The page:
Master sommelier and wine consultant John Szabo wants us to consider the oyster—as the perfect partner to whites from Ontario wine country. “This is the time of year that Canadian oysters fatten up for the winter,” explains the Wine Align critic. “And there’s just something magical about the brininess of the oysters and the crackling acidity and fruitiness of Ontario wines.” Here are the wine expert’s top selections—and a slew of tips for throwing the ultimate Canadian-oyster-and-Ontario-wine bash at home. They could also come in handy the next time you’re on the road and find yourself ordering oysters.
Coast to coast
With oysters in general, the gold standard is a dry, crisp, white wine with good acidity and not too much alcohol—with or without bubbles. But, since Pacific and Atlantic oysters are quite distinctive, you could also pick a couple of bottles: one for each Coast.
“Oysters from the Pacific side tend to be more intensely flavoured, creamy, meaty and vegetal,” says Szabo. “So, go for something with a little more body to match their intensity—even a lightly wood-aged wine.”
And on the East Coast, the oysters are typically more saline, mineral and meaty. “With those, I might go for an Ontario sparkling blanc de blanc or chardonnay, made in the champagne style,” says Szabo. “It works because it’s crisp, fresh and dry, and it has the added advantage of the bubbles, which make it more festive and lift the briny flavour of the oyster.”
If you want to go next level and serve an array of oysters with their own individually paired wines, these combos are Szabo-approved:
The oyster: Malpeque Premium, Malpeque Bay, P.E.I
The wine: Cave Spring Cellars 2014 CSV Riesling
The chemistry: “Malpeques are small, firm and briny—a classic East Coast choice. And the wine, a benchmark Ontario Riesling made from some of Canada’s oldest Riesling vines, is not quite bone dry—it has just a little pinch of sugar. The wine’s subtle sweetness and the saltiness of the brine bring out the best in one another.”
The oyster: Marina’s Top Drawer, Cortes Island, B.C.
The wine: Malivoire NV Bisous Brut Nature, VQA Beamsville Bench (winery only)
The chemistry: “The oysters have a deep cup and are mineral and firm, with a relatively intense flavour. And the sparkling wine (a Chardonnay-Pinot blend) is lean, sharp—also mineral—and totally bone dry. The saltiness of this oyster brings out the fruitiness of the wine—like putting a pinch of salty on your cantaloupe to make it more flavourful and fruity.”
The oyster: Village Bay Oyster, Richibucto, N.B.
The wine: Hidden Bench 2014 Roman’s Block Riesling, VQA Beamsville Bench
The chemistry: “Softer-fleshed, with a seaweedy, briny flavour, these oysters work well with this particularly mineral, single-vineyard Riesling. The oysters lessen the perception of the acidity in the wine, bringing out its fruitier side.”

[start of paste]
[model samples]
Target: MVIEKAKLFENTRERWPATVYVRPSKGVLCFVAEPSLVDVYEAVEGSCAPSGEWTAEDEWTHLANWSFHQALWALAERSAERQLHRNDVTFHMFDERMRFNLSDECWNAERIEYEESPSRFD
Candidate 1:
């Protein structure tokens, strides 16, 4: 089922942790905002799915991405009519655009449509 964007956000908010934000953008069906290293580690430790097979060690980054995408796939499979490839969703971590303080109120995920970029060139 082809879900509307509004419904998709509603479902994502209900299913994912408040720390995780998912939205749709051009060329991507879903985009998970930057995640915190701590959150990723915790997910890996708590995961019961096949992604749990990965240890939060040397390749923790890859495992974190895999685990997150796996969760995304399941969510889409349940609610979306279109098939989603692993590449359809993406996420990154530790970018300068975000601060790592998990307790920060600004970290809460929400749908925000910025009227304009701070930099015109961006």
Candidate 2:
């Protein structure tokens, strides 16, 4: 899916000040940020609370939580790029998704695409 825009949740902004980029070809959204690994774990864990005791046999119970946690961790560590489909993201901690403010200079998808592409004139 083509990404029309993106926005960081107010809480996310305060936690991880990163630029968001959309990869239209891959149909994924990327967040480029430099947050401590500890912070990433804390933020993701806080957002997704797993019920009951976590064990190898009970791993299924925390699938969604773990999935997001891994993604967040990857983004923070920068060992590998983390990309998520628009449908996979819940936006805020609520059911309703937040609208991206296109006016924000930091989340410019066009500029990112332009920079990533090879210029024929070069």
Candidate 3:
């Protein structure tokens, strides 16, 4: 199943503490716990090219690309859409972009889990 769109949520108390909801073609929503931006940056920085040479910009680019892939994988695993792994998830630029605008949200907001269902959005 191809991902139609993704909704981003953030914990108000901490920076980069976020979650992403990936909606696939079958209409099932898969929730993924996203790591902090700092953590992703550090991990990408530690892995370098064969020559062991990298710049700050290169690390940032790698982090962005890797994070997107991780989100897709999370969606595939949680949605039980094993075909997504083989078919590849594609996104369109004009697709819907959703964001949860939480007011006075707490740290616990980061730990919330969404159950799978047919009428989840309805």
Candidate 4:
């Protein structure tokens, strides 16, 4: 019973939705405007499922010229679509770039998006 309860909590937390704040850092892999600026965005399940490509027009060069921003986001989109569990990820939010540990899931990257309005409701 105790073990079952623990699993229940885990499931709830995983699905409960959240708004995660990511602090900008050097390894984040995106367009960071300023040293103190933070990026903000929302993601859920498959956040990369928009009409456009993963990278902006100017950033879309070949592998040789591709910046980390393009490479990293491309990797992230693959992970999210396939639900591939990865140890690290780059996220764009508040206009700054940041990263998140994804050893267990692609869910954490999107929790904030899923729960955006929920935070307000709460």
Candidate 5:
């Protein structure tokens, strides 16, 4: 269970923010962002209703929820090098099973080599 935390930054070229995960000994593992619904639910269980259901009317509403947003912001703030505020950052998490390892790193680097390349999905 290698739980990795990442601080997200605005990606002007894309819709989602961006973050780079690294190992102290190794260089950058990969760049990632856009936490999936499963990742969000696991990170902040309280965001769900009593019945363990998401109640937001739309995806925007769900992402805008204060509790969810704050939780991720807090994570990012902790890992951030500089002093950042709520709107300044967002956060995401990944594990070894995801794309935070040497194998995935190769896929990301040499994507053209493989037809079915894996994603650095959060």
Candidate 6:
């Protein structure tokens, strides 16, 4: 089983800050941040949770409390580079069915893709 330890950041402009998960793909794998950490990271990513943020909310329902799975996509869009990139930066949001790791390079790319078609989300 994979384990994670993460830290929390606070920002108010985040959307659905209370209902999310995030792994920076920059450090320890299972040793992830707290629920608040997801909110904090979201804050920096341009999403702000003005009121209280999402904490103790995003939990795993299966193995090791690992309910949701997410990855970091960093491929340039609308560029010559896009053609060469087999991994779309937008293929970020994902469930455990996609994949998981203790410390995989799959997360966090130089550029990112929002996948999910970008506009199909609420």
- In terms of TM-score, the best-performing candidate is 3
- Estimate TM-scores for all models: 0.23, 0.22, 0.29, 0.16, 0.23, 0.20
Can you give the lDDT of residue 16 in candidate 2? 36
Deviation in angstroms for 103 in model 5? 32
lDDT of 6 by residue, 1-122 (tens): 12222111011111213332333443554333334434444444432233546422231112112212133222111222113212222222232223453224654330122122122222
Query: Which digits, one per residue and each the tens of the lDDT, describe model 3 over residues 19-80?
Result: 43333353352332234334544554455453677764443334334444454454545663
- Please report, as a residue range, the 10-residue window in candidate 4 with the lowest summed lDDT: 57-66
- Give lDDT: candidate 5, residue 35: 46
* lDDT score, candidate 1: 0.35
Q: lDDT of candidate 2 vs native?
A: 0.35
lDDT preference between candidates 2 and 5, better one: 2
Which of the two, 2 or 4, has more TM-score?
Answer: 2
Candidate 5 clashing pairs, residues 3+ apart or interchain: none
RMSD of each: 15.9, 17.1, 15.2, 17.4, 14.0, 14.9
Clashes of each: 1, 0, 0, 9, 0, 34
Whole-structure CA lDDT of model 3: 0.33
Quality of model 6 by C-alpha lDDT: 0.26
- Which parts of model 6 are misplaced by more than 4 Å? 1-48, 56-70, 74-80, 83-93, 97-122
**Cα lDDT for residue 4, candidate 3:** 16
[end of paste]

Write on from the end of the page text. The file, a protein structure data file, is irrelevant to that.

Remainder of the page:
The oyster: Kusshi, Denman Islands, B.C.
The wine: Thirty Bench 2014 Small Lot Riesling ‘Steel Post,’ VQA Beamsville Bench
The chemistry: “This is a creamy and meaty oyster with a slightly sweet finish and a beautiful frilly shell. In this pairing, it turns pleasantly grassy, with melon and cucumber notes—the Riesling makes the oyster a more intense version of itself.”
The oyster: La Verte Small Choice, Chippigan, N.B.
The wine: Trius Brut, VQA, Niagara
The chemistry: “Oyster beginners will love this delicately flavoured gateway oyster, as it’s pleasantly briny, but not too intense. The Trius gains in length when paired with it and the wine’s biscuity flavours are enhanced, too.”
Szabo’s parting party tips
* Hire a shucker, unless you’re experienced. The last thing you want to do is spend the whole night sticking a knife into a shell. And if you’ve had a couple of drinks—one slip can ruin your evening.
* If you want to do it yourself, grab the oyster in a thick cloth, so you’re protected if there’s a slip. And sign up for learn-to-shuck sessions in advance of your party.
* Don’t buy your oysters pre-shucked, because you’ll lose the beautiful oyster liquor (briny water pooled inside the shell). Oysters should really be eaten within a few minutes of being shucked.
* You lose the subtlety of the oyster if you whack on a whole load of mignonette. If the point is to enjoy the wine pairings, I recommend being a purist and simply serving wedges of lemon on the side, and horseradish, if you must.
* Bulk out the offerings with crusty bread and unsalted butter—there’s enough salt in the oysters to forego it in the fat.
* Have crushed ice on hand—or fresh snow—to keep the oysters chilled. Rest them in their half shells on a bed of ice to keep them nice and cold.
* If you want to get fancy, decorate the plate with kelp—just ask your fishmonger to include some with the oysters.
* For the playlist, go with 70s soul, so you’ve got these light, dancing fresh flavours of wine and oysters and this beautiful heavy soul music in the background: a pairing of contrasts.
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